Last time I mentioned reading I think I was mid Markus Zusak's The Book Thief (Black Swan, 2007). That was a true joy. Next, I read Season of Migration to the North, by Tayeb Salih (Heinemann, 1969), which I bought from a road-side stall in the market square in Khartoum, The Sudan. It turned out to be a nasty pirate photocopy with photocoping creases down some pages and pages out of order towards the end. That aside, it was an interesting, if not intense read. Intense in that deep, strong, poetic, arabic style of writing I guess. I don't know, I've never before read deep, strong, poetic, arabic style of writing. And interesting because of the mention of places I had recently visited. It showed its time in history when the the train trip north to Wadi Haifa, and the Egyptan border, is described in all its luxury!!!!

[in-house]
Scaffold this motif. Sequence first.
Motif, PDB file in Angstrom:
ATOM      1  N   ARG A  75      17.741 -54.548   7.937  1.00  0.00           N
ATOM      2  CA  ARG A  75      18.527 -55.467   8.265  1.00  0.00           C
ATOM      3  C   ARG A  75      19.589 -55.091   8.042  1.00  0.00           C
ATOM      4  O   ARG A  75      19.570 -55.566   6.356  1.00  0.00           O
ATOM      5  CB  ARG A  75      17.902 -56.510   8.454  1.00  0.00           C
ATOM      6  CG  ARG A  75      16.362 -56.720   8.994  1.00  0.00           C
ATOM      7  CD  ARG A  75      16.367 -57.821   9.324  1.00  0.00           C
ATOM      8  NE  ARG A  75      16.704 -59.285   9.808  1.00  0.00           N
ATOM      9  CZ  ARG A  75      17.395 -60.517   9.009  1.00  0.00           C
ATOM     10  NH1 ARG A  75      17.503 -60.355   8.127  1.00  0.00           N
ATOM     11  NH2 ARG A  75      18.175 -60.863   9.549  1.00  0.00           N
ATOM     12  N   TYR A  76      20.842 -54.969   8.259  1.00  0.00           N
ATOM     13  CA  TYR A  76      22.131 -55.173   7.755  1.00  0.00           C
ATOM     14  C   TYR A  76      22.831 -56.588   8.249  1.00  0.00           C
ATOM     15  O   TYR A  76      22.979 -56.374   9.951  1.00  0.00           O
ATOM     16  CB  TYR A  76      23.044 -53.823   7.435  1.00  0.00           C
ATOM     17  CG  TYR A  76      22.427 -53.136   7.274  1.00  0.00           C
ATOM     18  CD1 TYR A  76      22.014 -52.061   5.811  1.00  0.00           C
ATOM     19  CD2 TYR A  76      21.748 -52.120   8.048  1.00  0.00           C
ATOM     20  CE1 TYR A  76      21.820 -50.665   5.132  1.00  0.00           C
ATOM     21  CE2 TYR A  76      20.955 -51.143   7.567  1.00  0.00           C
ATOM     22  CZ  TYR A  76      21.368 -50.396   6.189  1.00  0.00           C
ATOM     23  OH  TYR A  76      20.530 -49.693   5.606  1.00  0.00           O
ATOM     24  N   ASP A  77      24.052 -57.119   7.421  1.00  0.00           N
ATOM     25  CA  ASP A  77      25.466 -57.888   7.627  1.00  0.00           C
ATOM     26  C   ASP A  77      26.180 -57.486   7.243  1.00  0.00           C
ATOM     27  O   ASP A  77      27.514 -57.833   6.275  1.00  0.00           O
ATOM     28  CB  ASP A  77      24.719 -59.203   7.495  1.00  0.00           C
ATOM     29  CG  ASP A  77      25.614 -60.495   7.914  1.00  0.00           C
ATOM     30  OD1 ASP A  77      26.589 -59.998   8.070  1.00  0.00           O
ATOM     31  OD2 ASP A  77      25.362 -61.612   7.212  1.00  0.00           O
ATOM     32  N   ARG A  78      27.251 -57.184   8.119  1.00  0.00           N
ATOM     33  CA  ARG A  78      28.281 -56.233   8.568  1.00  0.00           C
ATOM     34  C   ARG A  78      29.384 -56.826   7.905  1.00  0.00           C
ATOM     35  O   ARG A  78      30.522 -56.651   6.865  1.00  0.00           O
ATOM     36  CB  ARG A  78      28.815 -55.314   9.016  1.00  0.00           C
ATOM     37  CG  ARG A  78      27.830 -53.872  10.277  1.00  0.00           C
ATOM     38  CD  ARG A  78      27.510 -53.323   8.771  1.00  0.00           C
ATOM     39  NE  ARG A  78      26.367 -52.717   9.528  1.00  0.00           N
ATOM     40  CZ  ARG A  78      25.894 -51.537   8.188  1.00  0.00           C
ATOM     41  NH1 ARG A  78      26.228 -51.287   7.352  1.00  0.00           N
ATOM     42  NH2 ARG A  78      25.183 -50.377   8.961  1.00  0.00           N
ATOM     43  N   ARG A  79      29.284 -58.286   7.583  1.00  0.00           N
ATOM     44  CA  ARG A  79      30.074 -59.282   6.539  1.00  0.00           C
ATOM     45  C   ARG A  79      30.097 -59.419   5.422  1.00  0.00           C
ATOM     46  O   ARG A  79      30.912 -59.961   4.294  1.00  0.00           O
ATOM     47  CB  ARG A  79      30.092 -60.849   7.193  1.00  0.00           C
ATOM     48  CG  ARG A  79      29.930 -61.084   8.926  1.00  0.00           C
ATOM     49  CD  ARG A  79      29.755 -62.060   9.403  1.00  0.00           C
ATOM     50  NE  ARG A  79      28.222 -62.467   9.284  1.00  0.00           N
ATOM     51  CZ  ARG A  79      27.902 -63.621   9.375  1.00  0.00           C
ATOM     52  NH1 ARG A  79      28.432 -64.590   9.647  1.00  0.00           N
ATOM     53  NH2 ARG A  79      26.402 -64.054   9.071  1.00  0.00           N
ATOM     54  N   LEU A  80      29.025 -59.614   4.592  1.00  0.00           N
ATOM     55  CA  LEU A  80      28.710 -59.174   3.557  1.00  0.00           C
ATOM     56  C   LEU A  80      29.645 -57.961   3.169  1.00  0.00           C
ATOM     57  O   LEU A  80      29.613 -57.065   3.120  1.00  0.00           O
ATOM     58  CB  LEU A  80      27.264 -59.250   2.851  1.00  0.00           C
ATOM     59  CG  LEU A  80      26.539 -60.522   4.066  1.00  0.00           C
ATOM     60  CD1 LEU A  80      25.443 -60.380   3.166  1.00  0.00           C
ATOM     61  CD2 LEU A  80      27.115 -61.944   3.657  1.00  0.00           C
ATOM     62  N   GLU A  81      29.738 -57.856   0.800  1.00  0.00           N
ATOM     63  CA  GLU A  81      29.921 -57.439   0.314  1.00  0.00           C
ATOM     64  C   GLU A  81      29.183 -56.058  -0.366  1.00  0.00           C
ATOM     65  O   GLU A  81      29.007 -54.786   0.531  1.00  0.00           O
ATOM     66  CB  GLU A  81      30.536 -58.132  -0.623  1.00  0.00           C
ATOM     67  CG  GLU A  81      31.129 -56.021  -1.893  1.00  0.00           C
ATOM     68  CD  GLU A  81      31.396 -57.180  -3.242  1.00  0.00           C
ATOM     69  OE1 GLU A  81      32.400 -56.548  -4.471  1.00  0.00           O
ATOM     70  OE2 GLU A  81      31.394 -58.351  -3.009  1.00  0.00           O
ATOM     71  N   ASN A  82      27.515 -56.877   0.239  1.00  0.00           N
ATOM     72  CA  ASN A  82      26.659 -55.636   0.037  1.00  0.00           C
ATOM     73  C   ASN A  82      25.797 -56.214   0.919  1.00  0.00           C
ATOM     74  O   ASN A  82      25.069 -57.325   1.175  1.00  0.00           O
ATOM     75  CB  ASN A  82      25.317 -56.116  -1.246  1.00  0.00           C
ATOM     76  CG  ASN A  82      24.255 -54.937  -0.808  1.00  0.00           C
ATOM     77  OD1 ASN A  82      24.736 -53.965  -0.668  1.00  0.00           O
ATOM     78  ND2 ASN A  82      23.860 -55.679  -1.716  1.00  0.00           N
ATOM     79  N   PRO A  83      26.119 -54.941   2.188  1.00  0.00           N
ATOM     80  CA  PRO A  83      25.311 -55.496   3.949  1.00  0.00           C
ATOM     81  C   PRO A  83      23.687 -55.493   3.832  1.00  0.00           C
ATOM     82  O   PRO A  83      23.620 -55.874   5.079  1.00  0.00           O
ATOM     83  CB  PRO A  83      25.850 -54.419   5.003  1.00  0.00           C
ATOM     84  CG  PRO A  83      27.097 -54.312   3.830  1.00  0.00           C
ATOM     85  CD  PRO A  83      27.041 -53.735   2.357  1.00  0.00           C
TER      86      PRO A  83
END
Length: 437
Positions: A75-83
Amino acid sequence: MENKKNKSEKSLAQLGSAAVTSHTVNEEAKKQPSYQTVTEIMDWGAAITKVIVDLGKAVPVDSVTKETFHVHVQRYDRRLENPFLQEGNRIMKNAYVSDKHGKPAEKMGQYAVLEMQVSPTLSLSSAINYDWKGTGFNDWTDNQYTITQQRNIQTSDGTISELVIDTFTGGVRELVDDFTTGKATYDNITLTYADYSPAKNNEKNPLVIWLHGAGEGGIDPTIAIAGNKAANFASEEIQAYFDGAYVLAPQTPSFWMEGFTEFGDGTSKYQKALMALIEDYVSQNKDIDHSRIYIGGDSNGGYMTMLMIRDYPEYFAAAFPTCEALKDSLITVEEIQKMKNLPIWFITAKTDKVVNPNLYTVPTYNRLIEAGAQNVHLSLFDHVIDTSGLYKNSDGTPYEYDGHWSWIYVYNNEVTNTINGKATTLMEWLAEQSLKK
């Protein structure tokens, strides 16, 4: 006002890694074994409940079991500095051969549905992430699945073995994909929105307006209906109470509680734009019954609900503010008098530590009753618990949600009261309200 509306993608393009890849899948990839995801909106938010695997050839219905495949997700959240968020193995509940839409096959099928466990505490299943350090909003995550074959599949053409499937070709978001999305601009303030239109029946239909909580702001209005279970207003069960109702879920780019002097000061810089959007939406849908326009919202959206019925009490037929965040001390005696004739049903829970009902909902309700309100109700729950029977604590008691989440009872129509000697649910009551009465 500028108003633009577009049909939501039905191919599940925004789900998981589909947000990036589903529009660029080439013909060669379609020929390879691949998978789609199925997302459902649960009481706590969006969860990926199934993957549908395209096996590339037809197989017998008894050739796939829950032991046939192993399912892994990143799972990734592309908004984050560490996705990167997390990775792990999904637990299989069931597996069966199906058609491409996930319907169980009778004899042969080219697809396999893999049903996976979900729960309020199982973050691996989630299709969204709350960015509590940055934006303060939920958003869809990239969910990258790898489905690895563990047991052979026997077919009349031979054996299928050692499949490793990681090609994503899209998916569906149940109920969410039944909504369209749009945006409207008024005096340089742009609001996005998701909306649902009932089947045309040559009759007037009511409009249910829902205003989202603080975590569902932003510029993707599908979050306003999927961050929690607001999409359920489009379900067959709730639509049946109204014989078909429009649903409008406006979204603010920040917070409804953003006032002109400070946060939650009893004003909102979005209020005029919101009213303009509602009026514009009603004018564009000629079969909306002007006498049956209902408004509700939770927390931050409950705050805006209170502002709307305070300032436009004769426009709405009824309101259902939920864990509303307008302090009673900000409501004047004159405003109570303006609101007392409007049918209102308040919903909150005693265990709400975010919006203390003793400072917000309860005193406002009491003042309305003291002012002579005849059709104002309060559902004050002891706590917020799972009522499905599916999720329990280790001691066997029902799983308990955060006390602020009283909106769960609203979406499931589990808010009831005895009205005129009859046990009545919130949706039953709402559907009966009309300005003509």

Then onto some writings on Spain. I read ¡Guerra! (which translates as War!) by Jason Webster (Black Swan, 2007). It was a fascinating enough story mixing his trip across Spain investigating the story for the book, and about the Civil War - prompted by a neighbouring farm lady showing him the site of a forgotten mass grave. A bit shallow though (the story, not the grave!).
A much better read is Ghosts of Spain: travels through a country's hidden past by Giles Tremlett (Faber and Faber, 2006). Much more insightful - about the Spanish Civil War, the Franco years, and the current Spanish psyche.
I realised we are now closer to four months here. Time flies when having fun. But that, really, is our only concern. How quickly this will pass. Enjoy while we can.